The South also used what I supposed would today be called "organic" armour in that, having no shortage of King Cotton they took to armouring their ships with bales of the stuff. These "cotton clads" had at least some protection against shot, but of course the cotton was highly inflammable, no small consideration when all ships were still made of wood.
USS Monitor - watercolour by Oscar Parkes Improved casting techniques had, throughout the 19th Century, made it possible to cast bigger and bigger guns. Thus whilst Nelson 's wooden walls would be armed with 6. Thus, for instance, David Farragut's flagship, a sloop of 21 guns, fired a heavier weight of shot than did Nelson's "Victory" of guns.
As on land many of the naval guns were also rifled. This gave improvement in accuracy but, more importantly, the higher muzzle velocities gave much better penetration than smoothbores. It must be stressed that much of this technology was new and untested.
The gunners were working at "the edge of the envelope" and only trial and error could determine the optimum charge for a gun.
The "trials" often took place in the heat of battle as gunners seeing their shot bounce off armoured opponents desperately increased the charge. An "error" however would mean a burst gun and dead gunners, a not infrequent occurrence. Finally we turn to the underwater menace.
The term "torpedo" was used in the ACW to describe any naval explosive device and ought not to be confused with the modern, self propelled, explosive "fish" which was not invented then. There were basically two types of torpedo, firstly there were the sort of things that we would now call mines, containers of explosives moored underwater and set off by contact detonators or, again a first for the ACW, command detonated by electricity.
Since ships of the period had little, if any, internal, water tight sub-dividing, any hole below the waterline could prove fatal and since most of the armoured ships had very little reserve buoyancy anyway, they could sink in seconds as a result of a mine explosion.
At best the torpedoes were unreliable and there are several recorded incidents of ships crews hearing the snapping of detonators as they hit a mine but no explosion resulting. Even so, such an experience probably did little for the colour of one's underpants.
USS Housatonic - as portrayed by R. Skerrett in Spar torpedoes were explosive charges placed on a spar clear of the bow of the ship, the idea being to drive your ship at his and detonate the charge against his hull.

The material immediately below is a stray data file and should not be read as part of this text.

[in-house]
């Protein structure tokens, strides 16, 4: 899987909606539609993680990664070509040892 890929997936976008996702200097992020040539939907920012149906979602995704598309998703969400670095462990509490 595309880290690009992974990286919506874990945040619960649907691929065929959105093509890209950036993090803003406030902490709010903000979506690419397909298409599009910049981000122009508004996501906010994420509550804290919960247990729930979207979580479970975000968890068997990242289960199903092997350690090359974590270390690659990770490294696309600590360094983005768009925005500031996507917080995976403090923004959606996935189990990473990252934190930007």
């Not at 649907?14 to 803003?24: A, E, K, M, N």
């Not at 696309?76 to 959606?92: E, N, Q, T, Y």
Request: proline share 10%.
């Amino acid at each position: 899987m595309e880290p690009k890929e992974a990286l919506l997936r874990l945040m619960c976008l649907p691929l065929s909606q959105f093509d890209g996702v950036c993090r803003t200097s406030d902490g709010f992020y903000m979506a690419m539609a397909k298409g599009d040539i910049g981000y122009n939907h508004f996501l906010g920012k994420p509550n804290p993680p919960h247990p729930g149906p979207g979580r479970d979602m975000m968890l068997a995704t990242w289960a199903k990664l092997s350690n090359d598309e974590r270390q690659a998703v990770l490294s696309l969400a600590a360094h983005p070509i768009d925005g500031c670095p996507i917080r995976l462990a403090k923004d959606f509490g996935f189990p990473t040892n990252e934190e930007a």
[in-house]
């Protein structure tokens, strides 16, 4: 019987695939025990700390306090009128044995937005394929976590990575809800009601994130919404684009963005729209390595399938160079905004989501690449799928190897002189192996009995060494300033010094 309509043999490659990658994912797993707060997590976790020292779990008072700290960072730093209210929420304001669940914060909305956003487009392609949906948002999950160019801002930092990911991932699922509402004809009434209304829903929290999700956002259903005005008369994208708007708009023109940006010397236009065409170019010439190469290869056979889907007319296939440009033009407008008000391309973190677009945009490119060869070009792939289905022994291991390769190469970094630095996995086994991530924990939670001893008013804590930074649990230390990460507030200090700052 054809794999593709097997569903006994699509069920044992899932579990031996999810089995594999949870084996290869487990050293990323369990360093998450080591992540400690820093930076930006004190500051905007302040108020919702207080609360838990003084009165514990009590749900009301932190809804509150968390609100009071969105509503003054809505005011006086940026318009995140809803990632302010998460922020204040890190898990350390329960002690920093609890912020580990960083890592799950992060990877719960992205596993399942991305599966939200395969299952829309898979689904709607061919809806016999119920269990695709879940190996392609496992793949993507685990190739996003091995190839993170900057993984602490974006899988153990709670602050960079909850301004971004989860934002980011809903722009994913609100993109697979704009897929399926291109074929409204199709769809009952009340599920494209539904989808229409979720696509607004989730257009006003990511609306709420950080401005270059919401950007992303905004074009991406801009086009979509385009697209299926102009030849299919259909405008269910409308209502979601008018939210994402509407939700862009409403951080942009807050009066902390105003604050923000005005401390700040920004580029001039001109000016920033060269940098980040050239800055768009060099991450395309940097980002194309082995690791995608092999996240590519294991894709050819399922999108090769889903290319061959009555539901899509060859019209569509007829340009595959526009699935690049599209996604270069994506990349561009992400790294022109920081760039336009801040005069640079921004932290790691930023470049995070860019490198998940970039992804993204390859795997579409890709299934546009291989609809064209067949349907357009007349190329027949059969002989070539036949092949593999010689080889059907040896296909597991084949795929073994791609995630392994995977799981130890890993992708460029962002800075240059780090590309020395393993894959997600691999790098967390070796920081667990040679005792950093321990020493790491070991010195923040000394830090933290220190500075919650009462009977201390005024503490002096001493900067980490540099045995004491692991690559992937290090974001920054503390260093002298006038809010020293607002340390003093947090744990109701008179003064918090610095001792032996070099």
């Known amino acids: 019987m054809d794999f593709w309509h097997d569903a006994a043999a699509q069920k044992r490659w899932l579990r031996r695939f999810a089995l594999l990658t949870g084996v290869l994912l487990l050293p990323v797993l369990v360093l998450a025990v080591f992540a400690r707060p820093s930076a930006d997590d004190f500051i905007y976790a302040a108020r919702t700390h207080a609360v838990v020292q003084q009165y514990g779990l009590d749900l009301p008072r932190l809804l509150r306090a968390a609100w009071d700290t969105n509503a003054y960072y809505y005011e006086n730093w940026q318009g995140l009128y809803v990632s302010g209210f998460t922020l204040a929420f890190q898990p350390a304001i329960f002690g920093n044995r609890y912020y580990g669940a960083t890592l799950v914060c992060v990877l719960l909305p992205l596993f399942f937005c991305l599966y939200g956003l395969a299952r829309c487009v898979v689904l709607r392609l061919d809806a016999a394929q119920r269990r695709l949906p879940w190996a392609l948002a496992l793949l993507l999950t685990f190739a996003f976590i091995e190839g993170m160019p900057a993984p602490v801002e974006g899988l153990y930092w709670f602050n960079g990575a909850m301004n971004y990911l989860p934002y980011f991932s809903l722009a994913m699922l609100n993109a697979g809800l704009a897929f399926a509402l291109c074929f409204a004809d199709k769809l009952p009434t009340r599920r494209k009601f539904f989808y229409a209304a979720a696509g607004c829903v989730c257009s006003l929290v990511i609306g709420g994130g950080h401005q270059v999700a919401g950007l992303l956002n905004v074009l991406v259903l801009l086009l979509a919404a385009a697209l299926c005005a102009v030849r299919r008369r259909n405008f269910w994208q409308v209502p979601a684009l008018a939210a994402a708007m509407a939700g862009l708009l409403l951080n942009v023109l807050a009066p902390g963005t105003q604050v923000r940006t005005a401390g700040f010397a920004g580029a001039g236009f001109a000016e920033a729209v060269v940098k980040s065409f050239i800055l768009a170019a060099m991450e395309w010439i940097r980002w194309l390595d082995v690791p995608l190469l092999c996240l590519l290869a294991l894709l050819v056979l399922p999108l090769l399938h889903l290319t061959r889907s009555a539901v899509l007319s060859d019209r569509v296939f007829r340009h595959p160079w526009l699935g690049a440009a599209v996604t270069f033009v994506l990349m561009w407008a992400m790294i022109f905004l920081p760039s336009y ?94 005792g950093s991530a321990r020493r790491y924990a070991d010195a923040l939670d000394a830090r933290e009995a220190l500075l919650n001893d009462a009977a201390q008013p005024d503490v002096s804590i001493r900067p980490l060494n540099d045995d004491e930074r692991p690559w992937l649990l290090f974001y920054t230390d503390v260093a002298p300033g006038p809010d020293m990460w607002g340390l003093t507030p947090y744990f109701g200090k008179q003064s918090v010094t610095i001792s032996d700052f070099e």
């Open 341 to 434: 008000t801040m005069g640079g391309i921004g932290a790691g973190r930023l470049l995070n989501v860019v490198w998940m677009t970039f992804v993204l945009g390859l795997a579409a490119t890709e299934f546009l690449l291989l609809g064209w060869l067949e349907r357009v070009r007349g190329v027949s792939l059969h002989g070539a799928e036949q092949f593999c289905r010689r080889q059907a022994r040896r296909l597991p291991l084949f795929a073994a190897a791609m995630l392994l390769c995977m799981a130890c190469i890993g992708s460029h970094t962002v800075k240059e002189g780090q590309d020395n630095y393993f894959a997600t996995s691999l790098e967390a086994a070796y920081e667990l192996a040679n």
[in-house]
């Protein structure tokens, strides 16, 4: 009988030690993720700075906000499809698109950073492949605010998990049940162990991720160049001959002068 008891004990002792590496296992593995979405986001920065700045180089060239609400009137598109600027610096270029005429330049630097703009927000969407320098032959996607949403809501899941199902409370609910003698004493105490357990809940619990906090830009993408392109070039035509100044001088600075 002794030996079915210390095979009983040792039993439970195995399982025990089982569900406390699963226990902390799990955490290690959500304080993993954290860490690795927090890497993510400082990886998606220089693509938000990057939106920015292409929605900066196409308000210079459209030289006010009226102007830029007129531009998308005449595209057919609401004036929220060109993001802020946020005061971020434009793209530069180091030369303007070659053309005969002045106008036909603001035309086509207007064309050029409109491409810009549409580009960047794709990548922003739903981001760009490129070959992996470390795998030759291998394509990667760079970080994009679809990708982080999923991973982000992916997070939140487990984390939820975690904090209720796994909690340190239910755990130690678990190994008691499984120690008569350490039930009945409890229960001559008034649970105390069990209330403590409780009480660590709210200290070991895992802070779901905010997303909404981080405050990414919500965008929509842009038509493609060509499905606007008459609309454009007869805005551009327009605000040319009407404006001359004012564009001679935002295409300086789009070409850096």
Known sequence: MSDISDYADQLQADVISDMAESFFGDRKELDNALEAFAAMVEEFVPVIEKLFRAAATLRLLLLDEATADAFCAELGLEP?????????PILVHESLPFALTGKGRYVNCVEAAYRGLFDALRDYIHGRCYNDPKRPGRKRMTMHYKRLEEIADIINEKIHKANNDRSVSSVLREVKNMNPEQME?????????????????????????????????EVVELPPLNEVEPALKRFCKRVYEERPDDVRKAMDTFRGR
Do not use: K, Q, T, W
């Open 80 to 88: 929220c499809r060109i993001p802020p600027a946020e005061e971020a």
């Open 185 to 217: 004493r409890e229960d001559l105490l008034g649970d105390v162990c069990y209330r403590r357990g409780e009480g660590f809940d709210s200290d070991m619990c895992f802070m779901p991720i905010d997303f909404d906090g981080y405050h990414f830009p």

Again the effect seems to have been very variable - sometimes devastating, frequently ineffectual.MODIFIED CIVIL WAR EXAM Name:_____ MULTIPLE CHOICE: Choose the statement that best answers each question. D. Ironclad used by Union in naval warfare Formed field hospitals and Red Cross How did the Union aim to maintain control of the sea during the Civil War?
a. Asking the British for naval help along the Atlantic b. . Military Innovations of the Civil War term papers state that the two greatest military innovations of the Civil War occurred, not on land, but on the sea.
The well-known story of the battle between the Monitor and the Merrimack on March 9, introduced armor plating to naval warfare and made every other navy on the planet obsolete overnight. An examination of the American Civil War sea battle fought in the harbor at Hampton Roads, Virginia, in March After the Confederacy built an iron fort atop a captured frigate, the Union developed a revolutionary iron warship that changed the course of naval warfare worldwide.
This book covers the entire range of naval warfare during The Great War, including many arenas not normally considered important.
While most histories concentrate on the British struggles with the German Imperial Navy in the North Sea, Halpern broadens his scope to include all of the basic naval events. Naval warfare: Naval warfare, the tactics of military operations conducted on, under, or over the sea.
Being the activities of battle itself, tactics are conceived and executed at the literal and metaphoric centre of war’s violence.
Tactical science is an orderly description of these activities, and tactical art. A Naval History of World War I - Kindle edition by Paul G. Halpern. Download it once and read it on your Kindle device, PC, phones or tablets. Use features like bookmarks, note taking and highlighting while reading A Naval History of World War I/5(11).